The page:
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Geoffrey Hill. Boston. Houghton Mifflin / Penguin. 1997. xii + 76 pages. $22/[pounds]7.99. ISBN 0-395-87550-1.

Geoffrey Hill's poetry has a reputation for being notoriously difficult, for making few, if any, compromises with his readers. The poems contained in Canaan will not appreciably alter that reputation. It is not so much his persistent penchant for being intertextual that makes for most of the interpretative obstacles. Here the range of allusion is fairly narrow - mostly, as one might expect from the title, to the Bible - and where it isn't, as in the multitude of epigraphs, the author has appended a few notes at the end of the volume where one senses at least the intention of wanting to be helpful. To be sure, some of these notes pose problems of their own. Why, for example, when referring to the quite innocuous "sorrel," is the reader pointed to page 317 of John Amphlett and Carleton Rea's Botany of Worcestershire (Birmingham, 1909)? The point is, apparently, that in Worcestershire sorrel is sometimes pronounced "sorrow," but does Hill really expect his "normal" readers to go forth and verify this assertion in what is no doubt a worthy but nevertheless not overly available tome? Or is the real point actually to suggest the extent of Hill's vast and esoteric knowledge? And why should it not be more relevant to know that sorrel is, as the concise OED tells us, "one or other of certain small perennial plants belonging to the genus Rumex, characterized by a sour taste?" One suspects the whole thing of being some sort of convoluted joke along the lines of Eliot's infamous notes to The Waste Land.

Still, Hill's formidable difficulty, arises not so much from his allusiveness as from his elusiveness. The "I" that makes occasional appearances in these poems is not so much Hill himself or even a persona as it is a kind of shrouded, ghostly presence, sometimes grieving, sometimes querulous, never happy. For most of these poems it is almost impossible to imagine an actual speaker or to postulate a specific context. Not only are virtually all connecting links omitted, but the lines are often disconnected and even the punctuation is minimal. As a result, the stark spareness and fragmented brevity of these poems leads one to wonder if substantial parts of them did not get lost on the way to the publisher. Reading through them is like looking through a glass, darkly. And darkness indeed is a theme running ominously through the whole collection. "I am of Dark-land," begins one of the epigraphs (from Bunyan, Hill's note tells us), and it might well serve as the motto for the whole book. The specific name (or at least one of the names) of the dark land invoked here is Canaan - by no means a land of milk and honey, but rather a land of gall and, as it were, sorrel, a land living (insofar as it is living) under threat of imminent destruction at the hands of a wrathful God. "O Canaan, the land of the Philistims, I wil euen destroy thee without an inhabitant," runs the last part of the long epigraph at the beginning of the book, excerpted (not from the King James but) from the 1560 Geneva Bible.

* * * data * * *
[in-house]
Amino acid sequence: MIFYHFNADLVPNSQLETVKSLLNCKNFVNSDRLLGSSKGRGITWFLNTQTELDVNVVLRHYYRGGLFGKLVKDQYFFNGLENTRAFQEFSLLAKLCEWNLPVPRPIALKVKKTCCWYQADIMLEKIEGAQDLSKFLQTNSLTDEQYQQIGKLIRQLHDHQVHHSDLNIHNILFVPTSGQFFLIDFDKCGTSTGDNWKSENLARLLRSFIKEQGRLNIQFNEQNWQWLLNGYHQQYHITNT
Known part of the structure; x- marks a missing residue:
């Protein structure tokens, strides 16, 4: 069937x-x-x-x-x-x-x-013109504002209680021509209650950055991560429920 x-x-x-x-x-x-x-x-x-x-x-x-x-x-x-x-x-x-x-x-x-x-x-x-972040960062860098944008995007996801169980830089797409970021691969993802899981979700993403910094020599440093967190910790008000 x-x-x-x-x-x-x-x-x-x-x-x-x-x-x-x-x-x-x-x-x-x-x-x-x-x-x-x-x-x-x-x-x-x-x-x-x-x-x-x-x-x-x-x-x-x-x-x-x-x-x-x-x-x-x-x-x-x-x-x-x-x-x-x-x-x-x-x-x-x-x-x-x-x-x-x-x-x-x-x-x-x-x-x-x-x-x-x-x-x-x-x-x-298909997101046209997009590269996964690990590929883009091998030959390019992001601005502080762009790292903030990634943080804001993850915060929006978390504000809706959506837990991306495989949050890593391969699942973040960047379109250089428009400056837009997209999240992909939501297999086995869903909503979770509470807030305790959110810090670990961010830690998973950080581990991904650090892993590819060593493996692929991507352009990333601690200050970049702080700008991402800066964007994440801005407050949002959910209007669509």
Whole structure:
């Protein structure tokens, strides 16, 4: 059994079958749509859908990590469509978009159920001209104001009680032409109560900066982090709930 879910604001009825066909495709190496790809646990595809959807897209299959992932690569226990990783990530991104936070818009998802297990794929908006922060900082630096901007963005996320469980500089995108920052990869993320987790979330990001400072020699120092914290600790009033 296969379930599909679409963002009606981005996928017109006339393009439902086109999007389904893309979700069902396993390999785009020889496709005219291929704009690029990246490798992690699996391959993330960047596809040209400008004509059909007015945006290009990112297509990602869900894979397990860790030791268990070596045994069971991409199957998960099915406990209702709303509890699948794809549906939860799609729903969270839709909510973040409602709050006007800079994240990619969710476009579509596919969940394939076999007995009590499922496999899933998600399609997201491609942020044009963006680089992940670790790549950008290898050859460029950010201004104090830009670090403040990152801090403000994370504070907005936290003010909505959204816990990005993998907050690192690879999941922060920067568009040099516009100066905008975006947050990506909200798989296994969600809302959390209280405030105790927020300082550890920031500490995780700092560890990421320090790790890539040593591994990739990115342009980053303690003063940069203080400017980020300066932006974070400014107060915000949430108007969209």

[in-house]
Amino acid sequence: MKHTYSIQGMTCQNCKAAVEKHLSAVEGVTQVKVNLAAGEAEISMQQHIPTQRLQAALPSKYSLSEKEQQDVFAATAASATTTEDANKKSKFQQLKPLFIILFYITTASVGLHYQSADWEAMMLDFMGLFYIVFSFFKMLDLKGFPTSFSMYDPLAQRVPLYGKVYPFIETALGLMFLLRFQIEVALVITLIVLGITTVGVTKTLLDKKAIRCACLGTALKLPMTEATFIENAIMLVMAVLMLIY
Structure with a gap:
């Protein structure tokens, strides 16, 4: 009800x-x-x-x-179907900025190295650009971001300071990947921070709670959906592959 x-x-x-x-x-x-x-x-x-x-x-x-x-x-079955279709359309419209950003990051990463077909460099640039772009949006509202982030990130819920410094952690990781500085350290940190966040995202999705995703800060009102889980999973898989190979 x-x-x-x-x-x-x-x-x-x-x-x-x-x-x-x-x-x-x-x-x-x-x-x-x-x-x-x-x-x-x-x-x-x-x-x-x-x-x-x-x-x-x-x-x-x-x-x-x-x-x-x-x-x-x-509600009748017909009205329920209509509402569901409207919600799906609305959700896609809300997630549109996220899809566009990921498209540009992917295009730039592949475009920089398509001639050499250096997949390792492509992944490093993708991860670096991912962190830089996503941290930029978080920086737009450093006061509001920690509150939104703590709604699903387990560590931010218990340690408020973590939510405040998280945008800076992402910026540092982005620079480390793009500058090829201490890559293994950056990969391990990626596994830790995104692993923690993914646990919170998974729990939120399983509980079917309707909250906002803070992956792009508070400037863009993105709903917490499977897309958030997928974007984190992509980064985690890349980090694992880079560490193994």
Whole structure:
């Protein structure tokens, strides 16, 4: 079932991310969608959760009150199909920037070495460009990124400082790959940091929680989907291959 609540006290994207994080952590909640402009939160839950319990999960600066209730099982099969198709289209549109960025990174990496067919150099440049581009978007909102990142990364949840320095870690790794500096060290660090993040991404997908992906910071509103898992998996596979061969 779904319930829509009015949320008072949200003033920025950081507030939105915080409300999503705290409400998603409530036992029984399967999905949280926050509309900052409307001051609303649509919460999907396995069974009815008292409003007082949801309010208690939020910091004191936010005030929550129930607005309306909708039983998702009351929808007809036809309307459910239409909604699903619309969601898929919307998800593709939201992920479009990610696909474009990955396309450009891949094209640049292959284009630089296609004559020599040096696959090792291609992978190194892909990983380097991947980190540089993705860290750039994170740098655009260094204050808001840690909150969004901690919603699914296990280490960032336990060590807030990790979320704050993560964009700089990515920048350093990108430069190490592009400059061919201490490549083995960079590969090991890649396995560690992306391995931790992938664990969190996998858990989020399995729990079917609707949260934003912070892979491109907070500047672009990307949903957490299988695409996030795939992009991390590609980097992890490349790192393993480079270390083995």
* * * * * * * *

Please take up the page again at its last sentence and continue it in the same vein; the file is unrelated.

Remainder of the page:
Even though the speaker of the elegy for Aleksandr Blok promises that he "will not deal / in the vatic exchanges," there is everywhere in this book an unmistakable sense in which, if not divinely inspired, the voice behind these poems is very much in the know about the dreadful doom that awaits the land of Canaan (for Canaan read Britain or Europe generally). Any hope of possible salvation is blunted by the sorrowful evidence that the righteous have mostly departed Canaan, a fact that becomes ever clearer as elegy succeeds elegy - for the poet Blok but also for the poets Stefan George and Christopher Okigbo, for Hans-Bernd von Haeften (executed after the July plot against Hitler), for William Arrowsmith (teacher, translator, and colleague at Boston University), for Winston Churchill, and, finally, for Ivor Gurney, poet of the Great War. And where they are not elegiac, the poems tend to be polemic, moralistic indictments of the materialism of a mob-run parliamentary democracy.

Along with being known for his difficulty, Hill enjoys a reputation for being a great poet. On the book-jacket blurb Harold Bloom is quoted to the effect that Hill is "the strongest British poet now alive" - presumably meaning that he suffers few of the anxieties of influence to which other British poets are prone - and John Hollander extols him as "the finest British poet of our time." Both of these laudations emanate from American sources; neither takes into account that Hill has been living in the United States for the last ten years - the precise temporal interval since his last volume appeared. But then Canaan and America are apparently not to be confused with each other.

Peter Firchow University of Minnesota
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Author:Firchow, Peter
Publication:World Literature Today
Article Type:Book Review
Date:Jun 22, 1998
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